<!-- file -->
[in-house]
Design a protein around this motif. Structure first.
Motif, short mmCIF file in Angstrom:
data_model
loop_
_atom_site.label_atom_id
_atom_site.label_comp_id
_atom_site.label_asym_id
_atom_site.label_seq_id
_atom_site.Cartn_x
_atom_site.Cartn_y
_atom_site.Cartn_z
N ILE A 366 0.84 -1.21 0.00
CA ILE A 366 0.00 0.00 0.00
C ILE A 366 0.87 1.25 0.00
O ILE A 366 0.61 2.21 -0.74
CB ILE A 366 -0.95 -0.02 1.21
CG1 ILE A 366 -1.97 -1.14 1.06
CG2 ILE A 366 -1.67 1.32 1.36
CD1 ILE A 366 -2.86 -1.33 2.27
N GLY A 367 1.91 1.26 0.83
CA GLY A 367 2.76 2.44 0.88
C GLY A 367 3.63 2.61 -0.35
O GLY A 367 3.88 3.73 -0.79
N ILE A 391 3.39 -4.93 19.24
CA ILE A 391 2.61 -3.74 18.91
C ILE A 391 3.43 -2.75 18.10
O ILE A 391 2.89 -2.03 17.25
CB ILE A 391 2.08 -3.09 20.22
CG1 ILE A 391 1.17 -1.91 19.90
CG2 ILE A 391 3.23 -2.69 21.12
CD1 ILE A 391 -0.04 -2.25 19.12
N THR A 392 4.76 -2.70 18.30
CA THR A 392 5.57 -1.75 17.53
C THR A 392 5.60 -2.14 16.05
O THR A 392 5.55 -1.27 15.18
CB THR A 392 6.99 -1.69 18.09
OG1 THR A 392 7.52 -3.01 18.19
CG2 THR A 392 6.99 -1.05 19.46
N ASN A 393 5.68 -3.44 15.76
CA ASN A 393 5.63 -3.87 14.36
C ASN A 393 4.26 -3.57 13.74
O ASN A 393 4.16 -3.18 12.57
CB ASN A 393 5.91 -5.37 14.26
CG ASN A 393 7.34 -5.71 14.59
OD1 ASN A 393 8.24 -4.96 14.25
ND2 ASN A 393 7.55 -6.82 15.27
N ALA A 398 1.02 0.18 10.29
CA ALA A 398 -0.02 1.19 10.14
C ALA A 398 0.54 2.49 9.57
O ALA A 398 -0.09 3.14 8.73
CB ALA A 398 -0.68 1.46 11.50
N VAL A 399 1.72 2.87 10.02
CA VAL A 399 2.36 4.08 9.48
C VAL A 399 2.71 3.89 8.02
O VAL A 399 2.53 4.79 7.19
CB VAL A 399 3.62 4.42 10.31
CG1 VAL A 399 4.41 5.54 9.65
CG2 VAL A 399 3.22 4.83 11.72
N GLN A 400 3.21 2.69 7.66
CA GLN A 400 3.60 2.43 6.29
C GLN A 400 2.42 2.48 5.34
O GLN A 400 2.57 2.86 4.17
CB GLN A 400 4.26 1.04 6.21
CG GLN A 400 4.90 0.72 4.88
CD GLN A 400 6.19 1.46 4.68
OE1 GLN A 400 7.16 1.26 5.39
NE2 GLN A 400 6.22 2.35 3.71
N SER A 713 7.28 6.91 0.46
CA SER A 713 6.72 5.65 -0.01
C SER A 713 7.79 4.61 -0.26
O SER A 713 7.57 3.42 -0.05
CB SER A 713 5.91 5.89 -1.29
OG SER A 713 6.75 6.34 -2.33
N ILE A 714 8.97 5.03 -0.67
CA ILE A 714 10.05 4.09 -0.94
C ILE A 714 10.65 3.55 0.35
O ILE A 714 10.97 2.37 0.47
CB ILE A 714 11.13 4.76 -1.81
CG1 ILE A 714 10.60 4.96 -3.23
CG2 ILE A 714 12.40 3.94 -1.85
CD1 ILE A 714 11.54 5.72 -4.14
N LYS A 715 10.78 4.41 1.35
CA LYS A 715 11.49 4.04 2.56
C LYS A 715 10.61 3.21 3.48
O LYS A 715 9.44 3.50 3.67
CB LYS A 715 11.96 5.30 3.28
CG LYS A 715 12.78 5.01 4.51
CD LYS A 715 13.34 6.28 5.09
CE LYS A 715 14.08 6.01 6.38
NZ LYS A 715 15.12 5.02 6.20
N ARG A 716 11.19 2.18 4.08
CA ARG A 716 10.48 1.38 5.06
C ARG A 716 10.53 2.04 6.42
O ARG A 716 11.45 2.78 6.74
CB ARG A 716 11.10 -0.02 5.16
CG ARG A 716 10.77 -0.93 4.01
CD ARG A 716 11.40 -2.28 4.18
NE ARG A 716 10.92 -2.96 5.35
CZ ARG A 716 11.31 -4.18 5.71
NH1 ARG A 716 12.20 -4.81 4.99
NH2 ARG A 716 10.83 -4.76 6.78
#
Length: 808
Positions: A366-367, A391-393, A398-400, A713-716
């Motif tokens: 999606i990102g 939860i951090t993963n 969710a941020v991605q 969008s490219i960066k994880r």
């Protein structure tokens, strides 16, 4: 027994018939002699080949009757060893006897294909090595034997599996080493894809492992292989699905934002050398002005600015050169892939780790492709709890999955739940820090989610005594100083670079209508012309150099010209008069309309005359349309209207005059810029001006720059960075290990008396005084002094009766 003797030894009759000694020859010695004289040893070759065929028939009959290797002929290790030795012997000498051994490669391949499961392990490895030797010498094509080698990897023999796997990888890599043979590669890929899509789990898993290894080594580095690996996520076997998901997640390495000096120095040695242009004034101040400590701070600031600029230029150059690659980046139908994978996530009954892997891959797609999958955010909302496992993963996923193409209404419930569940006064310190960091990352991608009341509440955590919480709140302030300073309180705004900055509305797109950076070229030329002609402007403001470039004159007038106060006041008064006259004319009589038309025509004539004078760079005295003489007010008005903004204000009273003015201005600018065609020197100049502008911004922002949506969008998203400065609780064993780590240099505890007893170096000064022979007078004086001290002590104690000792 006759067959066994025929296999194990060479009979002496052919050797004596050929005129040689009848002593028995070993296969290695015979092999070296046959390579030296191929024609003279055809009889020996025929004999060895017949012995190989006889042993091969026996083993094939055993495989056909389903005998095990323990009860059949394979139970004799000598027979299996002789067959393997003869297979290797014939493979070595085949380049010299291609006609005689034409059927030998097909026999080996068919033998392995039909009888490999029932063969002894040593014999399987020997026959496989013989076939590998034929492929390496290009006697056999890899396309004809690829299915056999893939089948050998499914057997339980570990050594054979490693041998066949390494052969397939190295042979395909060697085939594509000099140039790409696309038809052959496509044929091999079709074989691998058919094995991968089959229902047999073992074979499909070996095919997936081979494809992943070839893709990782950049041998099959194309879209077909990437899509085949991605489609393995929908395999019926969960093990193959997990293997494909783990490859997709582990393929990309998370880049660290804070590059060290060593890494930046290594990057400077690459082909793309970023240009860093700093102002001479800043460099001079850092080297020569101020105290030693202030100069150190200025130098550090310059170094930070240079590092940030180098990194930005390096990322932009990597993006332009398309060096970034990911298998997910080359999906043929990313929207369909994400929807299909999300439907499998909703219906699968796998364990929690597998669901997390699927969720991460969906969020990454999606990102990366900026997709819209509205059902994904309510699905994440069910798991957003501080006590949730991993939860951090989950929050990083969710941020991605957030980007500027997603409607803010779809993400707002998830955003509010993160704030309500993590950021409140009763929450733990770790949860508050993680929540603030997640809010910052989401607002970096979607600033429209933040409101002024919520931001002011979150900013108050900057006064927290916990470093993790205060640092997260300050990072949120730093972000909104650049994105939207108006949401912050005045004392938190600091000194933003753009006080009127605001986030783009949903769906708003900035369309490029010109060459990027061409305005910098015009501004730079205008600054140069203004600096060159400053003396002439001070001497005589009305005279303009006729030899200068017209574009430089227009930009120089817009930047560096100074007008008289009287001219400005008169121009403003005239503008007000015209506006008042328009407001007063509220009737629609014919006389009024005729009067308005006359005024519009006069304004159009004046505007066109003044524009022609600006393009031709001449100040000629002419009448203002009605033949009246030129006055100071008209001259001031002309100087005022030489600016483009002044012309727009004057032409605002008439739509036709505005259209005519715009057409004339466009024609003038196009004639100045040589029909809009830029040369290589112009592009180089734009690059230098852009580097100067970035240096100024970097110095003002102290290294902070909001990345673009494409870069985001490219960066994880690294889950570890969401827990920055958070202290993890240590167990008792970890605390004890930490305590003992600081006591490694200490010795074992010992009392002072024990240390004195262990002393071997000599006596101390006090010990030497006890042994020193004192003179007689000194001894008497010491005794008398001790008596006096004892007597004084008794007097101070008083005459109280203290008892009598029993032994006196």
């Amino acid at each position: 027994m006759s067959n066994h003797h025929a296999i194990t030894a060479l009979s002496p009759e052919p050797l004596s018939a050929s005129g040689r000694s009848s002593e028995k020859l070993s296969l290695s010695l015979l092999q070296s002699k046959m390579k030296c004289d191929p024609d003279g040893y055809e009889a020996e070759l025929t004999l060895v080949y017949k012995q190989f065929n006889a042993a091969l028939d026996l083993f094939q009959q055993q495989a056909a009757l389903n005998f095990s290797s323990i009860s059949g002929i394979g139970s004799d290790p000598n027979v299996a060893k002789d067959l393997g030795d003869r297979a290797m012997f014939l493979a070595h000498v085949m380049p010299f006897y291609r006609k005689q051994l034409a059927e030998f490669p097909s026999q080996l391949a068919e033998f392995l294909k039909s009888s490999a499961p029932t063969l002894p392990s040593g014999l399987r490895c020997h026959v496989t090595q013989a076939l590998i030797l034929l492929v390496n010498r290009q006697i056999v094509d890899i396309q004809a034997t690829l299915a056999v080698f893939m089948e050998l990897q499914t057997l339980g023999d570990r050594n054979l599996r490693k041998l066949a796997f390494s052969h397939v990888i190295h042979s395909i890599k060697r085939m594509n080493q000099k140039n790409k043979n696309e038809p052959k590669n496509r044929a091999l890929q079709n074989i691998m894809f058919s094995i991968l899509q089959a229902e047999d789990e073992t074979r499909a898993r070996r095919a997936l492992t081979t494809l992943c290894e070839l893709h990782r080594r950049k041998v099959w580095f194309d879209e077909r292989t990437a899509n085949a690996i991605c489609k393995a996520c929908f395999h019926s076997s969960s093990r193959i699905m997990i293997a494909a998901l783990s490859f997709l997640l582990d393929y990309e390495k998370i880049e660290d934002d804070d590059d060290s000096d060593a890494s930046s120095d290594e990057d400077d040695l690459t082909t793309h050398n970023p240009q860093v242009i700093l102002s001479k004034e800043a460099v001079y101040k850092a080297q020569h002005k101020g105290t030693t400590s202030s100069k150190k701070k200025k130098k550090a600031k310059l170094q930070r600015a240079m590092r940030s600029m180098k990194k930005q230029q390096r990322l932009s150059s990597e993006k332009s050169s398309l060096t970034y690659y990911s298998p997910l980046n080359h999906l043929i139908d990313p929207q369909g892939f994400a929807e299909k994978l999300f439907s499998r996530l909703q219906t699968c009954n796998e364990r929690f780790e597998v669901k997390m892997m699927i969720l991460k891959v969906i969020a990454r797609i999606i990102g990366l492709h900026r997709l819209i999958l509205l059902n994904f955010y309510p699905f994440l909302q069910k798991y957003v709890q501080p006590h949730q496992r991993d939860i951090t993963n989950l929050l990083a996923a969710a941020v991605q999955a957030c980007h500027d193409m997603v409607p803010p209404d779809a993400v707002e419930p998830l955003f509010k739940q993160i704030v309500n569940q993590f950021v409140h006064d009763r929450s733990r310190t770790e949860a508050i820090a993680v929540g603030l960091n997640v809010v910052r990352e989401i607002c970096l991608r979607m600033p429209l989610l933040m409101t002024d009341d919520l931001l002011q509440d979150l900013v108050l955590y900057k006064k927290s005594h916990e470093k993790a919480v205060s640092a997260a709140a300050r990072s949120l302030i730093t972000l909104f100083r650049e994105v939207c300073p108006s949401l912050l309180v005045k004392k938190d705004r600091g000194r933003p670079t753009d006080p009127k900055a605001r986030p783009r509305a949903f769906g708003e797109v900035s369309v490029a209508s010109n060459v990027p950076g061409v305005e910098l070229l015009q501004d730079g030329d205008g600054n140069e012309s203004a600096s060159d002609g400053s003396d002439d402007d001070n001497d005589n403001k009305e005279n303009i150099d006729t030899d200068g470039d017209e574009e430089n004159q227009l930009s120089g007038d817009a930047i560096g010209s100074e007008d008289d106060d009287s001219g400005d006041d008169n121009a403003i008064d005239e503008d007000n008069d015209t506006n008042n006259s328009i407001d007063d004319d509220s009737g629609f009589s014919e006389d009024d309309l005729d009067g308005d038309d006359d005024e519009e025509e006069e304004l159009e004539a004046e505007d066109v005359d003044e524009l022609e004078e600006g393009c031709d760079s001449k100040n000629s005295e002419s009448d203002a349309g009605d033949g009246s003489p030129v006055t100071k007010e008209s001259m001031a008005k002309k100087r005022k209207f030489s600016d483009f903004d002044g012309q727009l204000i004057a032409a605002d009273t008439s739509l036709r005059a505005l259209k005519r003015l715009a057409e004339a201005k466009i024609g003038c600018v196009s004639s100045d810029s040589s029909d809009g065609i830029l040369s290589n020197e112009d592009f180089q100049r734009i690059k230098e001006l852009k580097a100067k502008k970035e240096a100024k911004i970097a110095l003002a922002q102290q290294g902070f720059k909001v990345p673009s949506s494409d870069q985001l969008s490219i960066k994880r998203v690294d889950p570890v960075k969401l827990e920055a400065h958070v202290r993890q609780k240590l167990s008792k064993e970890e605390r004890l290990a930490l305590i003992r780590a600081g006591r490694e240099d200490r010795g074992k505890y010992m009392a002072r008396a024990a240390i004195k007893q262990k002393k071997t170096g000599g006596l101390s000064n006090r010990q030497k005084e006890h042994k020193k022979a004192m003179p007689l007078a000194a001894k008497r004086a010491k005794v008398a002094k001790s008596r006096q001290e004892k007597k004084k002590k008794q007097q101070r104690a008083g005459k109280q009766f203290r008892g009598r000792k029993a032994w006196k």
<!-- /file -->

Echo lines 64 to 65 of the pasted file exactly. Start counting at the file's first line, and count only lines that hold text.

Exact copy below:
CB GLN A 400 4.26 1.04 6.21
CG GLN A 400 4.90 0.72 4.88